A draft Mekong basin development strategy to respond to critical environmental and social pressures from ongoing and planned developments and climate change in the Mekong River Basin has now received a greenlight from a governance body of the Mekong River Commission, according to a special meeting of the MRC.
Over the last decade, the Mekong River has come under increasing threat from climate change, water resources development projects such as hydropower dams, irrigation projects, sand mining, and increased populations, the challenges both the MRC’s State of the Basin Report 2018 (SOBR) and Council Study have pointed out.
Cambodia, the Lao PDR, Thailand and Viet Nam and stakeholders have called for a more proactive regional approach to basin planning and management to optimise economic benefits while continuing to protect the Mekong’s rich natural resources and people’s livelihoods.
The endorsement ad-referendum of a 10-year Basin Development Strategy (BDS) by the MRC Joint Committee at its Special Session, organised in Vientiane on June 4 through teleconferencing, is a prompt response to this call.
This will pave the way for a final consideration and approval by the MRC’s higher governance body, the Council of ministers, and for the MRC and all relevant actors to begin implementation timely next year.
“Our new Strategy takes a more focused whole-of-basin approach to guide all actors involved in Mekong water-related issues towards achieving improvements in the environmental, social and economic state of the Mekong River Basin, with benefits to all basin countries and peoples,” Dr An Pich Hatda, the MRC Secretariat Chief Executive Officer, said at the Meeting.
The new BDS uses the SOBR to identify key issues faced by basin countries in developing and managing the water and related resources and sets out the way in which the countries agree to jointly address these issues in order to promote the sustainable development of the basin in-line with the aims and intent of the 1995 Mekong Agreement.
It also uses feedback and recommendations from regional and national stakeholders gathered during public consultations as well as written submissions from reviewers of various drafts.
The BDS sets five strategic priorities to respond to demanding challenges facing the basin; these include maintaining the ecological function of the Mekong River Basin, enabling inclusive access and utilisation of the basin’s water and related resources, improving optimal and sustainable development of water and related sectors, strengthening resilience against disasters, and boosting cooperation among all basin countries and stakeholders.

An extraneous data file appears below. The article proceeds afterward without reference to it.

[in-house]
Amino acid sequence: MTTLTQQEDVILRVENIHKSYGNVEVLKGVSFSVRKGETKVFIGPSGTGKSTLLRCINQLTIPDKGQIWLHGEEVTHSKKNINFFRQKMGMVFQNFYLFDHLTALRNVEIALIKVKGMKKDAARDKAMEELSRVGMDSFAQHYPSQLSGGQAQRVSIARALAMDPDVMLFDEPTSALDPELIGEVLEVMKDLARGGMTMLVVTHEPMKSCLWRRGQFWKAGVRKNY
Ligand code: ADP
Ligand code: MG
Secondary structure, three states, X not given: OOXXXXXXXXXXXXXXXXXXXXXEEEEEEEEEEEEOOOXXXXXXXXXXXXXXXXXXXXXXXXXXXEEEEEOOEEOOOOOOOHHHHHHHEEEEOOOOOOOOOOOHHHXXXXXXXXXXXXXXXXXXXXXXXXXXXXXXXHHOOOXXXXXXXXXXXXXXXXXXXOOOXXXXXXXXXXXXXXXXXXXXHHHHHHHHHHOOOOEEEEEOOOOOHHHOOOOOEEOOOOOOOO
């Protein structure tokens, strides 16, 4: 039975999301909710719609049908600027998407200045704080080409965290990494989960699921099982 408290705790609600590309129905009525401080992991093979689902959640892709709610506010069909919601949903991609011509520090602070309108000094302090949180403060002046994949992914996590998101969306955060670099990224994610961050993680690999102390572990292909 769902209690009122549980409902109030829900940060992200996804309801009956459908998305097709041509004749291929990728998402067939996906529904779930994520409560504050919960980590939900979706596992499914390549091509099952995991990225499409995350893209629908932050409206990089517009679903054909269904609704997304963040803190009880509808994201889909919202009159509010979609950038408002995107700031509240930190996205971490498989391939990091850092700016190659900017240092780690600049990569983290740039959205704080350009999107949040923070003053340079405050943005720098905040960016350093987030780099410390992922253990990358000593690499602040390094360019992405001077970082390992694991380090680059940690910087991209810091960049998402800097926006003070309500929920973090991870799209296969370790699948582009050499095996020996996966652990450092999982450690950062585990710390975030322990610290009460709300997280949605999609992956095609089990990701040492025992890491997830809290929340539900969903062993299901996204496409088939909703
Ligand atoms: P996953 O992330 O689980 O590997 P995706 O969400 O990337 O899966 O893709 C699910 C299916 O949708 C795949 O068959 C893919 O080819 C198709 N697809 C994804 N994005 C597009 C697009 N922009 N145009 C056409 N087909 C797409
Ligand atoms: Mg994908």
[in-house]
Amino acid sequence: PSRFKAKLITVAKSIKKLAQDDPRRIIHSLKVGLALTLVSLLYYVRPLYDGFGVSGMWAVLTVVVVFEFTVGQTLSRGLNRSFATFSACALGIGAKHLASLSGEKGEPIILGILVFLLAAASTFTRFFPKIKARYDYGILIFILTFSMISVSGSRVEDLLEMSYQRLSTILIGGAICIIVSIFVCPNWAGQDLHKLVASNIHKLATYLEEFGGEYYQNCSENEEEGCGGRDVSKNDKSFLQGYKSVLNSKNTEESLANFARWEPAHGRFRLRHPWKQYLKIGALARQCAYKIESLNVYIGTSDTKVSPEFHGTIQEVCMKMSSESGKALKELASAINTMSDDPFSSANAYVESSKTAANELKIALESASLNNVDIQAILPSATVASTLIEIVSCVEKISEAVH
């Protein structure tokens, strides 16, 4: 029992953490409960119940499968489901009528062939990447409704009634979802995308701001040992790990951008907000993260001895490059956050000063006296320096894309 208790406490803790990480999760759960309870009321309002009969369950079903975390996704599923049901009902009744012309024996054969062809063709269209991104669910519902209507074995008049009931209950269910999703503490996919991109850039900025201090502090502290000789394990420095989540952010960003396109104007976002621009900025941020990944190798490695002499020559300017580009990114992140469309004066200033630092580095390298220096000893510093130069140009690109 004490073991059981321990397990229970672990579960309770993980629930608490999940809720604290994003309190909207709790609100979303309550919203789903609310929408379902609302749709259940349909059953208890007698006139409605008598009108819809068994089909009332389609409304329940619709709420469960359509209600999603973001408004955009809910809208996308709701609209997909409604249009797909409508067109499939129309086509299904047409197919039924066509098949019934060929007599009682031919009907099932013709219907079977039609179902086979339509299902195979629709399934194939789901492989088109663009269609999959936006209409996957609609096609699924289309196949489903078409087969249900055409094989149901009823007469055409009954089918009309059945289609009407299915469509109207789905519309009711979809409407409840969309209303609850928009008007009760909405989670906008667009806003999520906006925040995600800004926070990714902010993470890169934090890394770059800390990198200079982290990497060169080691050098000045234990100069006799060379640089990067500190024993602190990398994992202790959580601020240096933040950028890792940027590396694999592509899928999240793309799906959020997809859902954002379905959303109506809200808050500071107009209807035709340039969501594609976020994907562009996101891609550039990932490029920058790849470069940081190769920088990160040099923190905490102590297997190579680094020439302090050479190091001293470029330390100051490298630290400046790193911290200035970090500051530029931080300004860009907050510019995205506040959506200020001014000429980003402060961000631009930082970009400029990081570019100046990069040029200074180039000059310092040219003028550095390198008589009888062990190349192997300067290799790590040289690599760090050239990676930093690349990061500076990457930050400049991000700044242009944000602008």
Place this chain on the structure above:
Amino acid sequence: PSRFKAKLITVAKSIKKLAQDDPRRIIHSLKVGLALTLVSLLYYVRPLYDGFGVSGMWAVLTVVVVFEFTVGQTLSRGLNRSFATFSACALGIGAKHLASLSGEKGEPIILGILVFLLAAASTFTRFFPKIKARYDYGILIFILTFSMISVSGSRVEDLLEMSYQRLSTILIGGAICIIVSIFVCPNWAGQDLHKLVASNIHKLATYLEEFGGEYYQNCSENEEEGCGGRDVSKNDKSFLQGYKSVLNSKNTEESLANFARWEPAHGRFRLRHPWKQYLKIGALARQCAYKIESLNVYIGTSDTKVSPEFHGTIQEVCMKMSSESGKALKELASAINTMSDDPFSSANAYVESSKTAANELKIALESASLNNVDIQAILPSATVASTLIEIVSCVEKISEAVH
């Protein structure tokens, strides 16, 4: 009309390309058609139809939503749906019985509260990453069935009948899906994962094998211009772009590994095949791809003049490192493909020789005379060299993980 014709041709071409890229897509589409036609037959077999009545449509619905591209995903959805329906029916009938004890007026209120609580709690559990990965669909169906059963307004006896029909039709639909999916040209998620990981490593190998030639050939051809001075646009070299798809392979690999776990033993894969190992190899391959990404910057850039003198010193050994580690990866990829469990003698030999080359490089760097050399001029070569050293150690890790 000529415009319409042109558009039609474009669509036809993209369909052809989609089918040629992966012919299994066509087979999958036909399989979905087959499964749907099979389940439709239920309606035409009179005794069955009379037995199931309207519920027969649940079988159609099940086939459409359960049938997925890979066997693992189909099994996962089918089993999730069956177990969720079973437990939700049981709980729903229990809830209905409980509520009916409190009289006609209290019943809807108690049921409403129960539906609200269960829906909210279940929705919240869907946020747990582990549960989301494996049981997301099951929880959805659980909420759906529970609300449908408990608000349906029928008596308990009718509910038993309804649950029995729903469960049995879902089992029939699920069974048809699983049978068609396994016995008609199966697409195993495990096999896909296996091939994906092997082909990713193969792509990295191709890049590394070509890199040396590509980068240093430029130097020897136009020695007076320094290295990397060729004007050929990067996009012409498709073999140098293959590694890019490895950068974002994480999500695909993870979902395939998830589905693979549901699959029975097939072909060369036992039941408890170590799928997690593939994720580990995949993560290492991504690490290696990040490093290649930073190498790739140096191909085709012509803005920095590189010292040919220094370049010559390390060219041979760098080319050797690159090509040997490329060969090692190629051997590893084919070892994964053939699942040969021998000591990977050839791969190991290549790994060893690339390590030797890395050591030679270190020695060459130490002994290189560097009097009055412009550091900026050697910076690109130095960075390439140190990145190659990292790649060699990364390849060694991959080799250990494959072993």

Among key outputs to be delivered in the next ten years by all relevant actors in their cooperation are diverse but within the aim of protecting the river and livelihoods, as developments accelerate and climate change intensifies.
These deliverables will include maintenance of acceptable flows and water quality that cover tackling plastic waste, putting in place a basin-wide sediment management plan, and ensuring there are effective fish passes. They will be extended to include improved flood and drought forecasting and communication with the public, and cooperation and coordination mechanisms for data and information sharing on water infrastructure and related water emergencies.
Measures to address gender and vulnerability issues, and proposals for joint investment projects that consider more storage in the basin, assess alternative energy/water system integration options, and develop core river monitoring networks and compatible decision support systems are also in the strategy.
The draft strategy notes that its effective and successful execution will hinge upon involvement by all relevant actors to plan and act together for a common interest of the basin.
The MRC will implement the BDS through its five-year Strategic Plan in coordination with relevant Mekong actors involving in water resources development.
The Strategic Plan tackles both medium- and long-term needs and challenges for the Mekong basin identified in the BDS – the needs and challenges that no one riparian country can tackle effectively alone.
Source: Lao News Agency